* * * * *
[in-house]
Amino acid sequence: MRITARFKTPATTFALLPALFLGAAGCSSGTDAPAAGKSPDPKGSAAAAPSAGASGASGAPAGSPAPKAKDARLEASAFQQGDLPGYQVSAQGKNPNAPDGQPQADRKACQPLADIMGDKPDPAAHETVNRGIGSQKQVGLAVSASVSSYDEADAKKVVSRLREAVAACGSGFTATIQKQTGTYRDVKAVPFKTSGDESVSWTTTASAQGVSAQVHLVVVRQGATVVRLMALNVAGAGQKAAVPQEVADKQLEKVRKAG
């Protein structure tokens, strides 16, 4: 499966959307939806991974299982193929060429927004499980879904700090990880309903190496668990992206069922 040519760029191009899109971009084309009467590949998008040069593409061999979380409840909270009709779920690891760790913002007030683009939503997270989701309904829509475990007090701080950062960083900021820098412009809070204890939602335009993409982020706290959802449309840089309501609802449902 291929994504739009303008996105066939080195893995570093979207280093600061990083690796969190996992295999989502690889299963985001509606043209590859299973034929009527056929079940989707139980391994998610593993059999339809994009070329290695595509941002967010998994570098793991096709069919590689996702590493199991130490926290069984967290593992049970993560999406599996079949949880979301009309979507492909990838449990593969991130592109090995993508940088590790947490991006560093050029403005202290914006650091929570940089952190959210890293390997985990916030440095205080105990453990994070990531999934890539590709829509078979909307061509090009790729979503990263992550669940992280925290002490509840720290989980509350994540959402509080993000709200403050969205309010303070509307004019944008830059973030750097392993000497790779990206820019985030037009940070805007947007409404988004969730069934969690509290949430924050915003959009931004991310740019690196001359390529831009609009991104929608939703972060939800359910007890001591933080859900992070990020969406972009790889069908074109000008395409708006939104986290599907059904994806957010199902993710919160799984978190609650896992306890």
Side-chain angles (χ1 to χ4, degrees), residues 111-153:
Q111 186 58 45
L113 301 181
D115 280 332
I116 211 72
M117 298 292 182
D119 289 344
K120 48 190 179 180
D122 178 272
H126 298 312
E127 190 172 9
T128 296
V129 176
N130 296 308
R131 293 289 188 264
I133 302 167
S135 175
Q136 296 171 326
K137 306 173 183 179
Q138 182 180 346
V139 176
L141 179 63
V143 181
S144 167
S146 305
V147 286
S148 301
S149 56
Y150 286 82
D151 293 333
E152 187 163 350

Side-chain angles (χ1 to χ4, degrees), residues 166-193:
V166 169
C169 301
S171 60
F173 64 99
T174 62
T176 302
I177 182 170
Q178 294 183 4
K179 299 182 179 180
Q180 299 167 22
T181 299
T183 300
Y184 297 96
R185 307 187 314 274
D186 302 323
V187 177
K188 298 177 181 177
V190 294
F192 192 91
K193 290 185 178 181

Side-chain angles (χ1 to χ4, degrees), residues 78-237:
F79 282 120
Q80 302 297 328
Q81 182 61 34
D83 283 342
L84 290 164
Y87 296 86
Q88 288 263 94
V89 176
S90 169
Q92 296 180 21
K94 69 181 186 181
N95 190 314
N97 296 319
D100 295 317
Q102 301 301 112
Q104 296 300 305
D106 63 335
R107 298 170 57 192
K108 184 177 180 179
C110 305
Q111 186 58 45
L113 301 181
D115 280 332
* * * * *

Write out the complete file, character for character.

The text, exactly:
[in-house]
Amino acid sequence: MRITARFKTPATTFALLPALFLGAAGCSSGTDAPAAGKSPDPKGSAAAAPSAGASGASGAPAGSPAPKAKDARLEASAFQQGDLPGYQVSAQGKNPNAPDGQPQADRKACQPLADIMGDKPDPAAHETVNRGIGSQKQVGLAVSASVSSYDEADAKKVVSRLREAVAACGSGFTATIQKQTGTYRDVKAVPFKTSGDESVSWTTTASAQGVSAQVHLVVVRQGATVVRLMALNVAGAGQKAAVPQEVADKQLEKVRKAG
């Protein structure tokens, strides 16, 4: 499966959307939806991974299982193929060429927004499980879904700090990880309903190496668990992206069922 040519760029191009899109971009084309009467590949998008040069593409061999979380409840909270009709779920690891760790913002007030683009939503997270989701309904829509475990007090701080950062960083900021820098412009809070204890939602335009993409982020706290959802449309840089309501609802449902 291929994504739009303008996105066939080195893995570093979207280093600061990083690796969190996992295999989502690889299963985001509606043209590859299973034929009527056929079940989707139980391994998610593993059999339809994009070329290695595509941002967010998994570098793991096709069919590689996702590493199991130490926290069984967290593992049970993560999406599996079949949880979301009309979507492909990838449990593969991130592109090995993508940088590790947490991006560093050029403005202290914006650091929570940089952190959210890293390997985990916030440095205080105990453990994070990531999934890539590709829509078979909307061509090009790729979503990263992550669940992280925290002490509840720290989980509350994540959402509080993000709200403050969205309010303070509307004019944008830059973030750097392993000497790779990206820019985030037009940070805007947007409404988004969730069934969690509290949430924050915003959009931004991310740019690196001359390529831009609009991104929608939703972060939800359910007890001591933080859900992070990020969406972009790889069908074109000008395409708006939104986290599907059904994806957010199902993710919160799984978190609650896992306890």
Side-chain angles (χ1 to χ4, degrees), residues 111-153:
Q111 186 58 45
L113 301 181
D115 280 332
I116 211 72
M117 298 292 182
D119 289 344
K120 48 190 179 180
D122 178 272
H126 298 312
E127 190 172 9
T128 296
V129 176
N130 296 308
R131 293 289 188 264
I133 302 167
S135 175
Q136 296 171 326
K137 306 173 183 179
Q138 182 180 346
V139 176
L141 179 63
V143 181
S144 167
S146 305
V147 286
S148 301
S149 56
Y150 286 82
D151 293 333
E152 187 163 350

Side-chain angles (χ1 to χ4, degrees), residues 166-193:
V166 169
C169 301
S171 60
F173 64 99
T174 62
T176 302
I177 182 170
Q178 294 183 4
K179 299 182 179 180
Q180 299 167 22
T181 299
T183 300
Y184 297 96
R185 307 187 314 274
D186 302 323
V187 177
K188 298 177 181 177
V190 294
F192 192 91
K193 290 185 178 181

Side-chain angles (χ1 to χ4, degrees), residues 78-237:
F79 282 120
Q80 302 297 328
Q81 182 61 34
D83 283 342
L84 290 164
Y87 296 86
Q88 288 263 94
V89 176
S90 169
Q92 296 180 21
K94 69 181 186 181
N95 190 314
N97 296 319
D100 295 317
Q102 301 301 112
Q104 296 300 305
D106 63 335
R107 298 170 57 192
K108 184 177 180 179
C110 305
Q111 186 58 45
L113 301 181
D115 280 332